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Sandstorm wreaks havoc in Baghdad

HUNDREDS of Iraqis are seeking medical help after one of the worst sandstorms in living memory stretched beyond a week yesterday, choking throats, clogging eyes and afflicting asthma sufferers in particular.

The weeklong sandstorm forced visiting United States Vice President Joe Biden to cancel plans to fly to Kurdistan and also interfered with the schedule of his meetings in Baghdad.

It has caused numerous flight delays out of Baghdad and last week delayed Iraq's first international bidding round for its oil fields since the 2003 invasion by a day.

Many Baghdad shops stayed shut yesterday, while police wearing masks directed thin streams of traffic through eerily misty streets. Hospital emergency rooms were packed with people complaining about breathing problems, officials said.

"We are on alert. This is the worst dust storm we have ever had in Iraq," said Doctor Jasib Lateef, operations manager at the Iraqi Health Ministry. "A large number of people are turning up at emergency rooms at hospitals, challenging our resources."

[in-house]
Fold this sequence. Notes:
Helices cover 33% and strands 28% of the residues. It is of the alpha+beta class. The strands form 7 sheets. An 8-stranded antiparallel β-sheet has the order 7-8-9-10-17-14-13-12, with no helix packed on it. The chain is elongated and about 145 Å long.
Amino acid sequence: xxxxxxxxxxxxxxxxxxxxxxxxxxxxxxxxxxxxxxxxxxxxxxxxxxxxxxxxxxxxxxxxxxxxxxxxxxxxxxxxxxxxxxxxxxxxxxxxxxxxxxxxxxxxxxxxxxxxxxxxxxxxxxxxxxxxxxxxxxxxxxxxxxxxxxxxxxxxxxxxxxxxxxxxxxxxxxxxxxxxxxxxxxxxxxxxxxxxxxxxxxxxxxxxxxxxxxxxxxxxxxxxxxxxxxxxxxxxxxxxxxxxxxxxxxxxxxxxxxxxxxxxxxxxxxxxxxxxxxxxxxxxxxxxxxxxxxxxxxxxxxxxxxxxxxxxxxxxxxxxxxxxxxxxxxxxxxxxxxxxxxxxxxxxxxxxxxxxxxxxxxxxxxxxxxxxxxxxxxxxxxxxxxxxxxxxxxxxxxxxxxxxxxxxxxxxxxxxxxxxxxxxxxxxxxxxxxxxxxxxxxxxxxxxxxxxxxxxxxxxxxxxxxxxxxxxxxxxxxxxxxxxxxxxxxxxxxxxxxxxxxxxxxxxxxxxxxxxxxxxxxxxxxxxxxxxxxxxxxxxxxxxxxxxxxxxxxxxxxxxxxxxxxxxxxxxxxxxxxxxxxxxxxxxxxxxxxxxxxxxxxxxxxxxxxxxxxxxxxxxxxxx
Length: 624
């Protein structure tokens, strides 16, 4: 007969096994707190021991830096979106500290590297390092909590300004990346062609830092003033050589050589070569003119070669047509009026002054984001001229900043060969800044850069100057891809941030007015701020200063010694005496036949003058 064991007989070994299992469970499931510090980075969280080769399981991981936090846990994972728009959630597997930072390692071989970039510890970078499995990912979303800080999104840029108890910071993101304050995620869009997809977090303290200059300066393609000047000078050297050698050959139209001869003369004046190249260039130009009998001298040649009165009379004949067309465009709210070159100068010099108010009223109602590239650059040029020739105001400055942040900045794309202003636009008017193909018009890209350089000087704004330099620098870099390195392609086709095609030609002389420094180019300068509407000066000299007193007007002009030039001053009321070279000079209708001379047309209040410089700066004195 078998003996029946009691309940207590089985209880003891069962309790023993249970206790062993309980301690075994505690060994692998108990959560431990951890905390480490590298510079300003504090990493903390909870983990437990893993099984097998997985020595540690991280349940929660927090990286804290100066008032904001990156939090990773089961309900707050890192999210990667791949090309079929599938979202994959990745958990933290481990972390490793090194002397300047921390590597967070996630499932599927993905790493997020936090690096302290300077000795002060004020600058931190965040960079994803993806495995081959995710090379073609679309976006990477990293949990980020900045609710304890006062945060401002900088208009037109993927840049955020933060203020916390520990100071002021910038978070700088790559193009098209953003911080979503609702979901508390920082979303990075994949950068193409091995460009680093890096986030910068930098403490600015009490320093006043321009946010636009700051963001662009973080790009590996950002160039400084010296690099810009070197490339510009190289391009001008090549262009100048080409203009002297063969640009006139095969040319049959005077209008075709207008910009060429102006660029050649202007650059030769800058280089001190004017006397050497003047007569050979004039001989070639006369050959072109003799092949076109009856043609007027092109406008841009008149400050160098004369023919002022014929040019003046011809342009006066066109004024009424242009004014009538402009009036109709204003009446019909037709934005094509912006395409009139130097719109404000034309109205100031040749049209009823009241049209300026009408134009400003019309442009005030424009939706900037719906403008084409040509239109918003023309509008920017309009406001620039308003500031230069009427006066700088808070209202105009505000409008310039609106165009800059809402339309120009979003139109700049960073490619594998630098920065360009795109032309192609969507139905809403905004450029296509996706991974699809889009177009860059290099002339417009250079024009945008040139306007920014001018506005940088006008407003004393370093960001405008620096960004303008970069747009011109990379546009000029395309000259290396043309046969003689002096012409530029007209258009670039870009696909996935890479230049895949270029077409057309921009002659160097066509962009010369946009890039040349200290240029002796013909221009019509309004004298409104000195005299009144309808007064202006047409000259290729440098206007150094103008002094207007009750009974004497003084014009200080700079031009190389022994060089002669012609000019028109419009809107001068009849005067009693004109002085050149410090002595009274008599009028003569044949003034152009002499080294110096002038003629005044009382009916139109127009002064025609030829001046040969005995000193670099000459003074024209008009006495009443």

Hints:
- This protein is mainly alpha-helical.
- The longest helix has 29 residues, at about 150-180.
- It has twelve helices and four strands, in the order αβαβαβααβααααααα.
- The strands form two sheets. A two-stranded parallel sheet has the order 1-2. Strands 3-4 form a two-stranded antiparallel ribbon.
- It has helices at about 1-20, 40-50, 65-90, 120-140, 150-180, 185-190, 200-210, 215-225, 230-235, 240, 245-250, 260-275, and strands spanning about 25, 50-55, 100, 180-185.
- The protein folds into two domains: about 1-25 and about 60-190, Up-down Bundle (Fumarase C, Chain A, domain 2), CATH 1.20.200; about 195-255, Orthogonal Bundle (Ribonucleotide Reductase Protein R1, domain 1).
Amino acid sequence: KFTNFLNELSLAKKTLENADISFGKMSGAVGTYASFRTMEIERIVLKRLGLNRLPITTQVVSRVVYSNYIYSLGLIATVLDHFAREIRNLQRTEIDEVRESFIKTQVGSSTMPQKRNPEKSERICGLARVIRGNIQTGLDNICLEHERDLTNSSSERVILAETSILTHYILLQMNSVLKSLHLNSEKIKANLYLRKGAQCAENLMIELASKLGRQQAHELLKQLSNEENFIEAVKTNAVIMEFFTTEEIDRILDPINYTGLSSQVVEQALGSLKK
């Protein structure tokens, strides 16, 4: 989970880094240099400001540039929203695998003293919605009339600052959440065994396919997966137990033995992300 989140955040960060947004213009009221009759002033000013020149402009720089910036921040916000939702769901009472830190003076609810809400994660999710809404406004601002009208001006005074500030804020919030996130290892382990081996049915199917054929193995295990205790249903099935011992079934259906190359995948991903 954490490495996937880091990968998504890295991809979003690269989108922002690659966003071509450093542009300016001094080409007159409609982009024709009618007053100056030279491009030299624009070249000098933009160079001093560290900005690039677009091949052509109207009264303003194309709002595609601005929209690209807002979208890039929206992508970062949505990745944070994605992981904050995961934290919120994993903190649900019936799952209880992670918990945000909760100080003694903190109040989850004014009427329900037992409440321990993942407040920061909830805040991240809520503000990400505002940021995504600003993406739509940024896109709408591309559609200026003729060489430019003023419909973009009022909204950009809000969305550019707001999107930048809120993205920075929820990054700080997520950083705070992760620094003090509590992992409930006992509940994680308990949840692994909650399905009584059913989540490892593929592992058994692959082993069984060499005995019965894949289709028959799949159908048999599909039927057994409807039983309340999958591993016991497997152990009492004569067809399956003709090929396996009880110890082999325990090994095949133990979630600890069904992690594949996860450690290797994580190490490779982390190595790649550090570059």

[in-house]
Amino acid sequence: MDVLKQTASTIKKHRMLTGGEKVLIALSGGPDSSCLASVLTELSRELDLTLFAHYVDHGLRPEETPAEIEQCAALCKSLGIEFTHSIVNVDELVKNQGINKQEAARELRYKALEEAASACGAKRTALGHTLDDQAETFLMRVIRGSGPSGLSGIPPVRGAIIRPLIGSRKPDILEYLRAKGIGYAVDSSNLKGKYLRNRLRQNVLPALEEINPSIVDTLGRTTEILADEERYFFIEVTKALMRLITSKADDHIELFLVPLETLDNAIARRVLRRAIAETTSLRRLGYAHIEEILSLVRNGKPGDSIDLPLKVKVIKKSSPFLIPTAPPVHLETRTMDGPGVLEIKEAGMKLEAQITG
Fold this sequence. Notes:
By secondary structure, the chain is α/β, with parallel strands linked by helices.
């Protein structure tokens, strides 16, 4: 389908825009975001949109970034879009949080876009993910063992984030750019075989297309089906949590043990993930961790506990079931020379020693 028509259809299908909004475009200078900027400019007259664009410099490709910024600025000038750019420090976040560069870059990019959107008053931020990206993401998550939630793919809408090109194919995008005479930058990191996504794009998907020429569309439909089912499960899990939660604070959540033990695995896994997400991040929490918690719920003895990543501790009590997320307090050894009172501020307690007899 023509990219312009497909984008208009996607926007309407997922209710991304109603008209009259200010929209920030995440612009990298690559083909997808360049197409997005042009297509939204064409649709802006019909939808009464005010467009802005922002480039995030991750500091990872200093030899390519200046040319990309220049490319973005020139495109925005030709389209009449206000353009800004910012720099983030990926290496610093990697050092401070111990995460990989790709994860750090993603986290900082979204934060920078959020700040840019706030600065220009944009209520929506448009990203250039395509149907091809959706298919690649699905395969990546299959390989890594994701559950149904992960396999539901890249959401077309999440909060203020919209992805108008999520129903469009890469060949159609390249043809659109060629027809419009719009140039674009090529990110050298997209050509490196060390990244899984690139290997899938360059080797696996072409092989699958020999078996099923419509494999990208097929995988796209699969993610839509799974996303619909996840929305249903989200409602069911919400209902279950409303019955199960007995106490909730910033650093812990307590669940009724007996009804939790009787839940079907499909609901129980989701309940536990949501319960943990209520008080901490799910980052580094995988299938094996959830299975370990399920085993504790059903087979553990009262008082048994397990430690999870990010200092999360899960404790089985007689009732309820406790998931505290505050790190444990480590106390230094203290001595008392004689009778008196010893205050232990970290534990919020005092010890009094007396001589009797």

At least 300 people came to Baghdad's Ibn al-Nafees hospital with breathing difficulties yesterday, a hospital official said.

"The weather has been dusty for a week. If healthy people can't breathe, how can the children cope?" Eman um Ali, who had brought her asthma-suffering son for treatment, said.

Iraq has long suffered blinding sandstorms, but several years of drought have aggravated the situation this year.

The inadequate flow of water down the Tigris and Euphrates, which are choked by dams in upstream countries like Turkey, has made things worse. Water shortages make the land dry out and become more dusty.


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